Nonell’s painting is essentially linked to the abstract and non-figurative researches that were to follow it. His work is already an embodiment of the credo “Art should be born of the raw material and the tool and should keep the trace of the tool and of the struggle between the tool and the material. Man should speak, but the tool and the material should speak also.” And for the younger men in Spain today, interested primarily in such expression, Nonell represents a reverd precursor.
This is the type of contemporary artist represented in the present exhibition. Of the eighteen, the oldest of the group is Manuel Viola born born in 1919, the youngest, Rafael Canogar, bornn in 1934. None one of them known outside Spain before 1946 and several of them are now shown in the United States for the first time.
What is particularly striking about the work of the younger Spanish artists is the variety of expression they achieve in their pictures in spite of the fact that for the most part, they limit themselves to an austere color gamut of browns, grays, slates, gray greens and ochres so characteristic of Spanish taste and, at the same time, concentrate principally on the exploration of textural effects and on the suggestions of space relationships through contrasts of picture surface. This variety is still more surprising when we consider that all these eighteen are located in two urban centers, both relatively small cities, Madrid and Barcelona. They are also thoroughly aware of the directives and suggestions their predecessors, notably Picasso and Miró, offer and do not hesitate to acknowledge their debt to either of these artists. But in the work of the younger men these influences are healthily assimilated and have been personalized in the translation to such an extent that they already point to fields of pictorial exploration quite foreign to those worked by either of the two older men.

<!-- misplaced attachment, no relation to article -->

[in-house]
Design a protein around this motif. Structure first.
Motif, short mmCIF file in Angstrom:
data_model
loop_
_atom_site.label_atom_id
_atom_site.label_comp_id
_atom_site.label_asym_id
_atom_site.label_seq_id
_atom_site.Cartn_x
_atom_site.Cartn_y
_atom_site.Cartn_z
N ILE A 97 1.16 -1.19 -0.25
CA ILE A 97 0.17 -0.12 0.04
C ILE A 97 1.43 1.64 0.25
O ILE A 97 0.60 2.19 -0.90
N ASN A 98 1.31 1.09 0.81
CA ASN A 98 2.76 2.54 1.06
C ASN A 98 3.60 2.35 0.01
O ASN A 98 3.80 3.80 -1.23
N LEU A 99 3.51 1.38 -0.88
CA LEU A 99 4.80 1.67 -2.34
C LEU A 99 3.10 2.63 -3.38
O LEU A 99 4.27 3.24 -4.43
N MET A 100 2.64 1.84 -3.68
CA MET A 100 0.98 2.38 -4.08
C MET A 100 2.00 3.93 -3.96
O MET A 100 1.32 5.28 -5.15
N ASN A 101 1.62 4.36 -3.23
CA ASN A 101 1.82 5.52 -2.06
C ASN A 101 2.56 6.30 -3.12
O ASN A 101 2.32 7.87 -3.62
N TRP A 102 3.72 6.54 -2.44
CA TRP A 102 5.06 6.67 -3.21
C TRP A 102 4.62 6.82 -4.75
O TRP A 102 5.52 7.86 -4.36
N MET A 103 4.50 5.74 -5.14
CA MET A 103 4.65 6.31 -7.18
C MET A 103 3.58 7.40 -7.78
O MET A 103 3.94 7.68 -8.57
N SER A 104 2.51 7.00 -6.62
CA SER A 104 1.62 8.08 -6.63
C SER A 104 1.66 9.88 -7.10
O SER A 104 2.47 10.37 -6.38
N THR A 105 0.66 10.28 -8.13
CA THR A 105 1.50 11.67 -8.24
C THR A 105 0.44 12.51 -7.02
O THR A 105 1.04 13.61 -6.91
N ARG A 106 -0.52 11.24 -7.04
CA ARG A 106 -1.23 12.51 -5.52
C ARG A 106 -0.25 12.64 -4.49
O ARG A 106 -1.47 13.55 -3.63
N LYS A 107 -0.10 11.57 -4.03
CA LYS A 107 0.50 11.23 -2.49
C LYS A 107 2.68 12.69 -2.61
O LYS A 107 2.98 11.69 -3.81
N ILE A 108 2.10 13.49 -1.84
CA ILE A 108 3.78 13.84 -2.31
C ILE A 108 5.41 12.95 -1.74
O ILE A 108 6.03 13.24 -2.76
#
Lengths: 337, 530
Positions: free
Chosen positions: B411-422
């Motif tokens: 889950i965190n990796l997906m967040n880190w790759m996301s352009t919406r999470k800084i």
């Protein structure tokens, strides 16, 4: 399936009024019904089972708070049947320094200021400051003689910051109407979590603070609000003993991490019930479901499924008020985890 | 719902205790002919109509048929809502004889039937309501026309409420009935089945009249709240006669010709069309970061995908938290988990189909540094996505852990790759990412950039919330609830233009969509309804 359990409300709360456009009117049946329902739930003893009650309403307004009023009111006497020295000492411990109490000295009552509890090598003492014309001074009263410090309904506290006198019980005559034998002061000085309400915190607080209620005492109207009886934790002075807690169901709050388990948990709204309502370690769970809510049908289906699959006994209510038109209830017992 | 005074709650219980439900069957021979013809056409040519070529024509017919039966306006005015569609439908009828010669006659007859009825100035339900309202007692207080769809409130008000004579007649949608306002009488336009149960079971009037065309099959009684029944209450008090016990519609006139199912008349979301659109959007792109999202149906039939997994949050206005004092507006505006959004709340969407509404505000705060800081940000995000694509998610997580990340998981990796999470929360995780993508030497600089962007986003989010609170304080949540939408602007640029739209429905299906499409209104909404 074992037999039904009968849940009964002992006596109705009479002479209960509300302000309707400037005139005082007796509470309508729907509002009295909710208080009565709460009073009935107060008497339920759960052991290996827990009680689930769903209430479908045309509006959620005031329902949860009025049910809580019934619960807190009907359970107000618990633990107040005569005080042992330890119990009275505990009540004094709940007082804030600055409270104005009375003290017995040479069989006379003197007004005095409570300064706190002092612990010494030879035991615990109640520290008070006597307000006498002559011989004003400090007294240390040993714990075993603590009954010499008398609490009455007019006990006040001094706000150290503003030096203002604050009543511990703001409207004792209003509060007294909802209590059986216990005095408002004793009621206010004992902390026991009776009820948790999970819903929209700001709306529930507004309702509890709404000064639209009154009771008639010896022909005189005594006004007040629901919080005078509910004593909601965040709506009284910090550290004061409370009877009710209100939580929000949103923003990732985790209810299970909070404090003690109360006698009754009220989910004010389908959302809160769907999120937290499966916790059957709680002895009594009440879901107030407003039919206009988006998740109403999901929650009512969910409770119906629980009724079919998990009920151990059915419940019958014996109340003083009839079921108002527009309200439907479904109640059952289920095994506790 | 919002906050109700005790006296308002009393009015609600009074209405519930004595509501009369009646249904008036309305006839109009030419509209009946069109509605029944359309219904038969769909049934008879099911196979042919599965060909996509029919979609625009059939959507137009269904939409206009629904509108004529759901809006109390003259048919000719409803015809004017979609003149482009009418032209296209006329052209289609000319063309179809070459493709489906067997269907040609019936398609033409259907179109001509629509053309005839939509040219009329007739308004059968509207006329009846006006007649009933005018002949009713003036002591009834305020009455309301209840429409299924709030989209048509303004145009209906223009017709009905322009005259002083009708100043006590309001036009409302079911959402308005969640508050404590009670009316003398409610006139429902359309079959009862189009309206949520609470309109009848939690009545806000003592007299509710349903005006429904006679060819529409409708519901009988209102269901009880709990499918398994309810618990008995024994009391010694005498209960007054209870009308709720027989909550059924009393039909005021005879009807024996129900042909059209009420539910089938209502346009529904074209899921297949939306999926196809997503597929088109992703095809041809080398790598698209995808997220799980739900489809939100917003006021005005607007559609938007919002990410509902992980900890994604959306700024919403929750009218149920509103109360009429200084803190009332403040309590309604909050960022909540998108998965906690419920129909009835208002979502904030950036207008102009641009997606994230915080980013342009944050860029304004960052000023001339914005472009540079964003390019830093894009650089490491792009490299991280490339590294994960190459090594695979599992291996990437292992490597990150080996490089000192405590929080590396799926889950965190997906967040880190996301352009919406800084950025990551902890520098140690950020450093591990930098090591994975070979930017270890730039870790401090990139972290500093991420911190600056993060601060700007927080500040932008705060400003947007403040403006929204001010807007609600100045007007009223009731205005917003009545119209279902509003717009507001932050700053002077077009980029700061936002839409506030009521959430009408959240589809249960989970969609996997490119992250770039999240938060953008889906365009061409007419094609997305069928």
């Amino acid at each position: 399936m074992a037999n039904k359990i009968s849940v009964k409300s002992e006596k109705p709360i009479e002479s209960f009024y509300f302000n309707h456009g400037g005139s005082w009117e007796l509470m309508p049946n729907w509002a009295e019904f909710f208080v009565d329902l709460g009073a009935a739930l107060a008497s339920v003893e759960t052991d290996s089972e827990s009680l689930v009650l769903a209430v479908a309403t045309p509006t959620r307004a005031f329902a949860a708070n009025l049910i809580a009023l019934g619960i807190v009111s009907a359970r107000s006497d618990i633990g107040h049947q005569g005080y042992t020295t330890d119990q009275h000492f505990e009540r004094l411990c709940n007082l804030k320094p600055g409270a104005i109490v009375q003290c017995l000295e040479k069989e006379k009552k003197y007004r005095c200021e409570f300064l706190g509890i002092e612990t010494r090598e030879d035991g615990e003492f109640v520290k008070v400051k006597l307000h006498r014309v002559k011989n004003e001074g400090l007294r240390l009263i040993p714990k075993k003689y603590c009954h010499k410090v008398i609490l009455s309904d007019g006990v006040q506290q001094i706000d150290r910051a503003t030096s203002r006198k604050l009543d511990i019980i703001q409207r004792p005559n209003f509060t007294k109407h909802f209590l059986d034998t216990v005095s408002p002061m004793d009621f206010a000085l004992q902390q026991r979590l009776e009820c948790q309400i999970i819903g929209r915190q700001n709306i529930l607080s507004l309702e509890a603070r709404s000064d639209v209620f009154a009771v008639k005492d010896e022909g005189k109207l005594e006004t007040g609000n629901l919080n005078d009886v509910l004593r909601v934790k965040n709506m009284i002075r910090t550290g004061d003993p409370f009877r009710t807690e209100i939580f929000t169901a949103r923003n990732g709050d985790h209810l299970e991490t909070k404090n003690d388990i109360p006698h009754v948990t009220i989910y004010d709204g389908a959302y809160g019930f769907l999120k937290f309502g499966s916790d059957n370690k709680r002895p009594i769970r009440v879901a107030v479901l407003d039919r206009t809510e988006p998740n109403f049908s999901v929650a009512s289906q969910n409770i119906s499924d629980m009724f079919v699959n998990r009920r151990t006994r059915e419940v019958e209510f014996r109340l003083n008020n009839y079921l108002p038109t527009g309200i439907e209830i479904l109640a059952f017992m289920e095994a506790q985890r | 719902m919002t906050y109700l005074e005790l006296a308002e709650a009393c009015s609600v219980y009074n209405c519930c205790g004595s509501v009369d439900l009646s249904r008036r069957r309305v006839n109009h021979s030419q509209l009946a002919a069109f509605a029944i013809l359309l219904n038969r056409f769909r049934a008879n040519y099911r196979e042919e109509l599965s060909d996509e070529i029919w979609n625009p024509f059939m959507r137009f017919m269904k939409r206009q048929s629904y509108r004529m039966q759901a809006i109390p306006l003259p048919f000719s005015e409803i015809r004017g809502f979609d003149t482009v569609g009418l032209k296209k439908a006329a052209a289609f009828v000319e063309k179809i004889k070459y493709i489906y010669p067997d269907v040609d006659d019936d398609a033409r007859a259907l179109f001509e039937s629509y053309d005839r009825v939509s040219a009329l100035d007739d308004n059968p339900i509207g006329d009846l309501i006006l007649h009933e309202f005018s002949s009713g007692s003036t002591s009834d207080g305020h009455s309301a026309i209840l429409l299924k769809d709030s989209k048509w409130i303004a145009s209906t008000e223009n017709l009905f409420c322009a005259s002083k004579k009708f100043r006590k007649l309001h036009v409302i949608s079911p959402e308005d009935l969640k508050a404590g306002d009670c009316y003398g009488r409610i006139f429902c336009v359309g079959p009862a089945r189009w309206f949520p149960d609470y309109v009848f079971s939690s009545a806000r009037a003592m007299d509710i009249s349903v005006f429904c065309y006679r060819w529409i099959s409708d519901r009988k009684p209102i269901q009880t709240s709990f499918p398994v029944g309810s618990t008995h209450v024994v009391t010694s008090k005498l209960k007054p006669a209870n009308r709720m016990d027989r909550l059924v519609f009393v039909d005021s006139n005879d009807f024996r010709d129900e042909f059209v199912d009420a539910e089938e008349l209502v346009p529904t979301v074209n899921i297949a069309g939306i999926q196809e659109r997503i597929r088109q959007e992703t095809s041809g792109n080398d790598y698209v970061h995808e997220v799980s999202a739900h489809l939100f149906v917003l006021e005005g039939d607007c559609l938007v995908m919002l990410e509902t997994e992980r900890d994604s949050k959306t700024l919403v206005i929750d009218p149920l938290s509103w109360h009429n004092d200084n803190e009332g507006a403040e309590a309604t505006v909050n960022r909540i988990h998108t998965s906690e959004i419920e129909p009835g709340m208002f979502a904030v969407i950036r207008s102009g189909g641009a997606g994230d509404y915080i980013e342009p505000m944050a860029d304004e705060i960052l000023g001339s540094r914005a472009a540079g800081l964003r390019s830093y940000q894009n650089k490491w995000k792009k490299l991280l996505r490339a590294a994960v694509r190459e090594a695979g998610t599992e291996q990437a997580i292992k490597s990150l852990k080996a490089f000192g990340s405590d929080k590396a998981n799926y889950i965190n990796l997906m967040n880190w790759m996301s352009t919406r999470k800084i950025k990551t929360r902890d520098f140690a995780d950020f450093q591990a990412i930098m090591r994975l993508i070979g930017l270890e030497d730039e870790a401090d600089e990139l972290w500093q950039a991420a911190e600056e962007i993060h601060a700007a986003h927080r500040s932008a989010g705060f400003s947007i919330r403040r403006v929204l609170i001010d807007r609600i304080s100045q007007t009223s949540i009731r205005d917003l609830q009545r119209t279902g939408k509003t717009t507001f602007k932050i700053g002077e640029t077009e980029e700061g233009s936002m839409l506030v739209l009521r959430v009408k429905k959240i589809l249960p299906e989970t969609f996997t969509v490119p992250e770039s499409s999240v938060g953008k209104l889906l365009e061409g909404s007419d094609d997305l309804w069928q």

Finally, what this apposition of the paintings of lsidro Nonell with the art of the younger Spanish contemporaries of today most surprisingly and effectively illustrates is the links which both have with the enduring tradition of Spanish painting in certain quarters where on might not normally look for such a common denominator: namely, in their basic regard for the material expression, in their pride of independence from alien influence, in their chromatic constraint and understatement, in their concrete, pictorial, yet basically non-illustrative, intensity.
Before Picasso; After Miró by james Johnson Sweeney.
The Solomon R. Guggenheim Museum (New York, 1960). [excerpt]
State of James Johnson Sweeney, Raith House, Newport, County Mayo Ireland.
Published in With rebellion, awareness is born. Barcelona, 2018. Mayoral. p. 22 – 23